Here are a few more reports on the work of BAG. The only remaining bastle excavation report is for Glenochar and this is in prep, Glenochar was the largest post medieval project done by BAG. There are still several other projects and research reports to bring to the web and these will follow as and when they are done, so please keep and eye out for them.
The logistics of building bastle houses and associated buildings in Upper Clydesdale | 2015 | 3.2MB – Tam Ward, BAG
Harehill Knowe near Broughton, Peebleshire survey and excavation | 2015 | 554KB | Tam Ward, BAG | As part of a larger research project, itself originating from a programme of survey work in Upper Tweeddale by Biggar Archaeology Group, a trial trench was opened on a prominent isolated mound near Broughton and which is known as Harehill Knowe. The limited work showed that the feature was probably for the most part natural but with anthropogenic additions of a surrounding dyke, plantation and a capping of stone covering the overall mound.
Excavation of three Early Christian graves at Lyne, near Peebles | 2005 | 1.5MB | Tam Ward, Bag | The discovery of a single cist found to be eroding from a gravel bank led to the detection of a further two cists, all of which were shown by excavation to be long cists of Early Christian date. The site was consequently created into a heritage trail.
Broughton Heights Archaeological Survey | 1.5MB | 1999 | Tam Ward, BAG | Field walking and survey of an upland landscape in Borders Region has produced a new level of data on pre-historic and post medieval monuments. A significant series of burnt mounds in particular adds a new dimension to the study of the area.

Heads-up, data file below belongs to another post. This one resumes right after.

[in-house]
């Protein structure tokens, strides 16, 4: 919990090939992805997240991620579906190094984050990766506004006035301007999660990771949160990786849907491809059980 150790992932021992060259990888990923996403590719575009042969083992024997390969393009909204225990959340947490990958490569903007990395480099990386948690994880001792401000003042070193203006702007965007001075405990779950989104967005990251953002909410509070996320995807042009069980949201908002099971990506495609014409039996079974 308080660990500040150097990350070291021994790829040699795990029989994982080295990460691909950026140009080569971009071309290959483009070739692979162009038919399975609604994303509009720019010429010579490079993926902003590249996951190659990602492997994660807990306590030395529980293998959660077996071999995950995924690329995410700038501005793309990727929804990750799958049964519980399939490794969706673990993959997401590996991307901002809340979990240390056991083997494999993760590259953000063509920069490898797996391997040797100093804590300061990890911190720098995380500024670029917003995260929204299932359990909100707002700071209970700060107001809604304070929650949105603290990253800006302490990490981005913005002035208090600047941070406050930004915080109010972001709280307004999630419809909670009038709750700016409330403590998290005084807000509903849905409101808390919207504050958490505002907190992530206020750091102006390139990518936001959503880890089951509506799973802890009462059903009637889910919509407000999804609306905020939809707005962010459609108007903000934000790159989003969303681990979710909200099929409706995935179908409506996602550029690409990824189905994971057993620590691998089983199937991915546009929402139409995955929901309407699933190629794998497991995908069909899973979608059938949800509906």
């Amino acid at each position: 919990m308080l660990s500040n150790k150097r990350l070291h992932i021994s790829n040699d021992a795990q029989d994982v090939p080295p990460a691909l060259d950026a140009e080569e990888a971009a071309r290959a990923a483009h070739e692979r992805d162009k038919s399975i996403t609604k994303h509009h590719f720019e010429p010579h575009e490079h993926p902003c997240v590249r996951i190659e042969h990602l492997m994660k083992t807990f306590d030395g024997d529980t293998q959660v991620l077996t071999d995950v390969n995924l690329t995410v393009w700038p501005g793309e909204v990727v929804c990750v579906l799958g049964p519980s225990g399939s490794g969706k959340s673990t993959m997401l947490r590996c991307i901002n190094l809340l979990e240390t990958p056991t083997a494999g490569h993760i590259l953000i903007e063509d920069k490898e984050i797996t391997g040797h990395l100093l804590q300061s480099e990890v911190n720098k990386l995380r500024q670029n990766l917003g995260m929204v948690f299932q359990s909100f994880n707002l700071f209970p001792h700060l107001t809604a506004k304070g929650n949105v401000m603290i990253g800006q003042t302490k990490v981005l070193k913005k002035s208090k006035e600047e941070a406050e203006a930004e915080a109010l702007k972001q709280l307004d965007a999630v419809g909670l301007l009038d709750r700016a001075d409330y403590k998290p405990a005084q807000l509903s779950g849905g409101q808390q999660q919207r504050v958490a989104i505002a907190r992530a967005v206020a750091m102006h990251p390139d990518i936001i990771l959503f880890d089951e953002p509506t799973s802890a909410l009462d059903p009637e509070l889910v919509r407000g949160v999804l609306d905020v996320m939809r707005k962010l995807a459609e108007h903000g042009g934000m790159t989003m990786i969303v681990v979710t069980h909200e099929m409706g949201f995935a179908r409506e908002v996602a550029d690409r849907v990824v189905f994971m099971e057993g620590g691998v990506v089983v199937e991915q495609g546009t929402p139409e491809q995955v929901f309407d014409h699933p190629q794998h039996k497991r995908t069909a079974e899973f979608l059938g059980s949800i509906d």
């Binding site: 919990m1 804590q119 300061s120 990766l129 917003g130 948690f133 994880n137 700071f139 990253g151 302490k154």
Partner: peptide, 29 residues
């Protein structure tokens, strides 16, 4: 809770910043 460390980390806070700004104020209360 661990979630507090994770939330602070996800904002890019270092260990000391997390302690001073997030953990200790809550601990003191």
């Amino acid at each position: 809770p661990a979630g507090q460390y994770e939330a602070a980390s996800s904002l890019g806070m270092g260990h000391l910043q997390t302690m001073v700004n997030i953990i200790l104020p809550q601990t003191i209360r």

The partial excavation of Glendoroch Bastle House, near Crawfordjohn, South Lanarkshire | 1.5MB | 2015 | Tam Ward, BAG | Partial excavation of a previously unrecorded building showed it to belong to the Bastle House tradition of building and formed one of a group of similar buildings to eventually be discovered and excavated by the Biggar Archaeology Group. Finds from the site substantiated the conclusion that the place was built circa 1600 and occupied until the early 19th century when it was replaced by shepherds cottage, built primarily from the bastle house itself.
Partial Excavation of the 17th Century Settlement of Coom in the Daer Valley | 1.5MB | Tam Ward, BAG | Survey and excavation trenches produced evidence of a series of buildings, their floors and finds dating to the 17th and 18th centuries on the previously unrecorded site of Coom.